A list of approved courses appears below. PREREQUISITES: Please note that some courses do have prerequisites; the Intellectual Property Survey, however, is no longer a prerequisite for taking any courses. EXCLUSIONS: Students are not permitted to enroll in the Intellectual Property Law Survey course if they: (a) have already taken two or more of the three courses listed in ¶ A.1: Copyright Law, Patent Law & Policy, or Trademark & Unfair Competition Law; (b) will be concurrently enrolled in two or more of the ¶ A.1 courses in the same semester as the Intellectual Property Survey; or (c) have already taken one of the ¶ A.1 courses and will be concurrently enrolled in one or more of the ¶ A.1 courses in the same semester as the Intellectual Property Survey. This rule seeks to prevent a student from taking two ¶ A.1 courses and using the Intellectual Property Survey as a substitute for a third ¶ A.1 course. E.g., if you have already taken Copyright Law and Patent Law, it does not make sense to take the Intellectual Property Survey to learn Trademark law. Instead, it would behoove the student to simply take Trademark & Unfair Competition Law. We do want to stress, however, that it is entirely possible and appropriate for a student to first take the Intellectual Property Survey and then, upon learning of their genuine interest in intellectual property, to enroll in all three of the ¶ A.1 courses.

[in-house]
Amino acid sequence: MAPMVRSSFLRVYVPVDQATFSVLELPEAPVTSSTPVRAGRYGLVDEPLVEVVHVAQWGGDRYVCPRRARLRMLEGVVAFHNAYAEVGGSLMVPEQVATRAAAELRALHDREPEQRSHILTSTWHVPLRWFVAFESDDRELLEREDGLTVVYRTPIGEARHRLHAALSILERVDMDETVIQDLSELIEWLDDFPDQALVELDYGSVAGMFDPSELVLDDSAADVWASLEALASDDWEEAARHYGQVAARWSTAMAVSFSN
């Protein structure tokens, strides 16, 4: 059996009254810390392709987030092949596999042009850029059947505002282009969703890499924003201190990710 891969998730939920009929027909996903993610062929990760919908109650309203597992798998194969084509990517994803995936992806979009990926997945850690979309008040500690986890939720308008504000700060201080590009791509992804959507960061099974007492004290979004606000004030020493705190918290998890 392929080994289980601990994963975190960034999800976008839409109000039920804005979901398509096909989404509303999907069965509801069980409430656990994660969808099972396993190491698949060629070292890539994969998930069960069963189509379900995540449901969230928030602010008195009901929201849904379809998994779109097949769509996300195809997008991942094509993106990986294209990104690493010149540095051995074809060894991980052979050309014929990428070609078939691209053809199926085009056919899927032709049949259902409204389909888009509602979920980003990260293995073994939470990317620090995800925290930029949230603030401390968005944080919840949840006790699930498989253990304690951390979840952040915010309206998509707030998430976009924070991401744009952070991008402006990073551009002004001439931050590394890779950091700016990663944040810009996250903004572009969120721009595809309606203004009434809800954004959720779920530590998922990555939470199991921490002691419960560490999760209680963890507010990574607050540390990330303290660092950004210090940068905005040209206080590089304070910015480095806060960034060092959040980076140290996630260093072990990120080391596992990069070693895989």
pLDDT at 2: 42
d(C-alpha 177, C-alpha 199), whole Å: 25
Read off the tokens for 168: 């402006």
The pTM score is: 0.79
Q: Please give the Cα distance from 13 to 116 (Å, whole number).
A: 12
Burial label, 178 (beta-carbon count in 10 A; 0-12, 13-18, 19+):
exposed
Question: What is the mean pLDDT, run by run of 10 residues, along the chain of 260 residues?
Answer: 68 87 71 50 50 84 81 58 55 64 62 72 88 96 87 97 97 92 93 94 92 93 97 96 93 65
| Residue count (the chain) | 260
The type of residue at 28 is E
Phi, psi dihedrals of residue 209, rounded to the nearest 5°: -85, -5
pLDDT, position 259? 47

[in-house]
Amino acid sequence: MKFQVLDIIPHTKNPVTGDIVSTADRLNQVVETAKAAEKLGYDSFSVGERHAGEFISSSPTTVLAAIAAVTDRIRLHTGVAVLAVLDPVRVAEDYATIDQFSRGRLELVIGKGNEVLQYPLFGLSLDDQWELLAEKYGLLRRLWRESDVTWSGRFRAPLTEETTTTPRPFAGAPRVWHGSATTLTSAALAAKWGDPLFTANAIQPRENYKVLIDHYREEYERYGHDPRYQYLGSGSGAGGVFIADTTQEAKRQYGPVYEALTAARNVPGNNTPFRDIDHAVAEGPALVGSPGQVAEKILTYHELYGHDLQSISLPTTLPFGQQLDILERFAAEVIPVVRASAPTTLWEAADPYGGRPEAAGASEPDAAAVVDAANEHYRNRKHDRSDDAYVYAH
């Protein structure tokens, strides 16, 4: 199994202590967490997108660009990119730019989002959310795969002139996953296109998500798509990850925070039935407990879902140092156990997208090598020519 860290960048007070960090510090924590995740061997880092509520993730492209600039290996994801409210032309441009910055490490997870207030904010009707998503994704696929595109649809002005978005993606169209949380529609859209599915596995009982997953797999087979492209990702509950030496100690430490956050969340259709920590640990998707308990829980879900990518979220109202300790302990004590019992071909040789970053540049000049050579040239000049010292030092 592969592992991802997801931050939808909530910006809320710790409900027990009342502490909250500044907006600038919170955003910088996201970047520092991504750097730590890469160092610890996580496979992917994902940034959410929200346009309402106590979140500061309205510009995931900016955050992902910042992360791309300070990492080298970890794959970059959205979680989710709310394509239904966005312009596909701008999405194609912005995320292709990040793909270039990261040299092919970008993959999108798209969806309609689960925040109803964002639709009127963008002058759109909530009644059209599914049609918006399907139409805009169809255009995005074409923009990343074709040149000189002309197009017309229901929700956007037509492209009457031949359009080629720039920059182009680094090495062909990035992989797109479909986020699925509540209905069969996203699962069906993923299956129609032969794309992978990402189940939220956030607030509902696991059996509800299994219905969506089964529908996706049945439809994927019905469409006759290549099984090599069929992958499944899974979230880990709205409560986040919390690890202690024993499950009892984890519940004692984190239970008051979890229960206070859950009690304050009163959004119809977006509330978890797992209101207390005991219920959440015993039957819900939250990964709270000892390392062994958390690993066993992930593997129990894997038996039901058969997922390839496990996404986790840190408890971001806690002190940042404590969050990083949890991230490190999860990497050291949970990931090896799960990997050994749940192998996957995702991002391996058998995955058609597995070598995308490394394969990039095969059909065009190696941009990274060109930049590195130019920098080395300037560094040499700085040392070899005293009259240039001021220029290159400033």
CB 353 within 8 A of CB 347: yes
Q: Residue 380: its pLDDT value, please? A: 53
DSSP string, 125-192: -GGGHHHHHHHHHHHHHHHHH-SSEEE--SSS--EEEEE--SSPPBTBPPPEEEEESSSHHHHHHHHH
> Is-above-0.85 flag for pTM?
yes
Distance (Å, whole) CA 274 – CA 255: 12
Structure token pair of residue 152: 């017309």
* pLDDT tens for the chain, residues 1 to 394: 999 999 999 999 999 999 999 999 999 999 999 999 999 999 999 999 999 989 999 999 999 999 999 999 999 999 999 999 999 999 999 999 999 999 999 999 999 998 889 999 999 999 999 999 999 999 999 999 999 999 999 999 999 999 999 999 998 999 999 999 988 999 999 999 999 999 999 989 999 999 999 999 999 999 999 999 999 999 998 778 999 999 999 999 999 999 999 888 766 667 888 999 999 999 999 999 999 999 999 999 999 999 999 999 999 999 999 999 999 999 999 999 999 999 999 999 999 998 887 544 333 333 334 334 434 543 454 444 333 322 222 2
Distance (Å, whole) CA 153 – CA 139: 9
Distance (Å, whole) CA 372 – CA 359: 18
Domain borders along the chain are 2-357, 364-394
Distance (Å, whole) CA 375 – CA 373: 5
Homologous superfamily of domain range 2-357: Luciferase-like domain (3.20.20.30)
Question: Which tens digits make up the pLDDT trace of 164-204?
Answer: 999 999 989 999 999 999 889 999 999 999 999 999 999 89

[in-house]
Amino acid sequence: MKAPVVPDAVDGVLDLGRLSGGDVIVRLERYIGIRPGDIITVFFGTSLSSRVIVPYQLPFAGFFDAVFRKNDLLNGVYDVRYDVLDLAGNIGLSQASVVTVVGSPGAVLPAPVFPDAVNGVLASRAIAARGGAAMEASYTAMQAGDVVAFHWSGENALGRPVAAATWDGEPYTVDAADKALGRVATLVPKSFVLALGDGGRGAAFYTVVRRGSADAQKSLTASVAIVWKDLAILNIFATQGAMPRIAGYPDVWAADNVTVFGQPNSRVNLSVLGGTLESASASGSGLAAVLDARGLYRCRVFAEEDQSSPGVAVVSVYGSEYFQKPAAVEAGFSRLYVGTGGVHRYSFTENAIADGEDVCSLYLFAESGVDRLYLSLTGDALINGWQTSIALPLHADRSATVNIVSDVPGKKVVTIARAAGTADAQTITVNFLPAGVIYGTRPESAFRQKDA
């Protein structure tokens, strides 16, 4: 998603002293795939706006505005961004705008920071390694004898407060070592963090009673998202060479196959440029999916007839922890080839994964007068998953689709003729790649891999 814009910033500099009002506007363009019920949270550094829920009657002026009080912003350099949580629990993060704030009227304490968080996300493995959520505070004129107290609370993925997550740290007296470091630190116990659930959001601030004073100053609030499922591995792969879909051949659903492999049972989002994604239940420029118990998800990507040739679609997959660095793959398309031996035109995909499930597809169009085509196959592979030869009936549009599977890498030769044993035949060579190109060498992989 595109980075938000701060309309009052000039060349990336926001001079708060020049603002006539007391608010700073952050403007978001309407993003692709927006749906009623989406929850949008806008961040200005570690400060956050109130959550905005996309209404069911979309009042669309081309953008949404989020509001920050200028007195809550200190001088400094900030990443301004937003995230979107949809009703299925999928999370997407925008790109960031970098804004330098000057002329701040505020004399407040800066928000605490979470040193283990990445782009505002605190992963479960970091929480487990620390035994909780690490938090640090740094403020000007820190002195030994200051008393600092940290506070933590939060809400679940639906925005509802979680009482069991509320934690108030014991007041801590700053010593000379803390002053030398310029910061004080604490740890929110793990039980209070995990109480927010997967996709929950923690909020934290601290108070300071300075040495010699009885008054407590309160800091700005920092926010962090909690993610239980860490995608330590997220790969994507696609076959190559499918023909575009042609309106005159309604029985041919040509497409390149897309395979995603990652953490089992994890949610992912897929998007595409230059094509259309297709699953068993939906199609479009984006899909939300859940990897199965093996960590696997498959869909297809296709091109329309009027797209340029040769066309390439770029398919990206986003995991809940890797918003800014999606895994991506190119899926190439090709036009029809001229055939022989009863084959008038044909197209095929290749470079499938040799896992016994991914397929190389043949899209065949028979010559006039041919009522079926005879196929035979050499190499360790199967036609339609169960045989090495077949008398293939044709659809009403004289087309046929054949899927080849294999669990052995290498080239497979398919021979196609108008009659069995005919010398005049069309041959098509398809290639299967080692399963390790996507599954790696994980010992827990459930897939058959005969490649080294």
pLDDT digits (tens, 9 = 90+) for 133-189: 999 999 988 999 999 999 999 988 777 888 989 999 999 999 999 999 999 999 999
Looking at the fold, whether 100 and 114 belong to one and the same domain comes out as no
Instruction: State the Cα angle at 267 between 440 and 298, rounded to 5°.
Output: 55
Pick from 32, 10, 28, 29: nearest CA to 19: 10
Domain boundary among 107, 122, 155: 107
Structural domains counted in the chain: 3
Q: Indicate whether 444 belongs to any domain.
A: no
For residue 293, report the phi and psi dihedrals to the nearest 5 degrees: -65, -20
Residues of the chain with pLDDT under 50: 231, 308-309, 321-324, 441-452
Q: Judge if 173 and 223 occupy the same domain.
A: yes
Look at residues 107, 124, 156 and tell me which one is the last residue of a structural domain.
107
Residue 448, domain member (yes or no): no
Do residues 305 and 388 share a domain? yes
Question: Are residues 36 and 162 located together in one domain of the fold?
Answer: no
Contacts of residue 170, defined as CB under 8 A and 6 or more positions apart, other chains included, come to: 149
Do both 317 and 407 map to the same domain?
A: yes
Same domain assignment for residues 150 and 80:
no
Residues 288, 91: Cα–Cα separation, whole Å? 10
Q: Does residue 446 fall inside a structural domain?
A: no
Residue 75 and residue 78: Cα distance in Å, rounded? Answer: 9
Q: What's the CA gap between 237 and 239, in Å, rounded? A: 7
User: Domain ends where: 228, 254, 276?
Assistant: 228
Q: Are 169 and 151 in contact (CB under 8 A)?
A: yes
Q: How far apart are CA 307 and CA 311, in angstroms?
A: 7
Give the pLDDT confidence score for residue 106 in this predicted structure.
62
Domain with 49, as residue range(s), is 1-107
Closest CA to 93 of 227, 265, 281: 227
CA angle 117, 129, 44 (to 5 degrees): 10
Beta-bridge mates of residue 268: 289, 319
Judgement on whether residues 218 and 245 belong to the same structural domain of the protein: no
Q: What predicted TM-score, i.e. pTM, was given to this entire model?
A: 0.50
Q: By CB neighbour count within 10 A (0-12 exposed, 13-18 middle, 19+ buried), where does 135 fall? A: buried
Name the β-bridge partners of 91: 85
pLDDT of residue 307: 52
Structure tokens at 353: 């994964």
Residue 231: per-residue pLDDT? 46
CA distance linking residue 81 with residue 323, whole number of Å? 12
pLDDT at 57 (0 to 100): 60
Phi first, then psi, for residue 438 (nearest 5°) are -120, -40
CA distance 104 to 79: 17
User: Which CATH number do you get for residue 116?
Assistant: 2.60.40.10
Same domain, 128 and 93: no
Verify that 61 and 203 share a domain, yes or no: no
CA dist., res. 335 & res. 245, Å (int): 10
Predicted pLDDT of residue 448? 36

This list of approved courses is subject to change. Some courses listed below are no longer offered, but if previously taken by a student will still qualify. Questions regarding changes to this list should be directed to the Program Director, Professor Lydia Loren.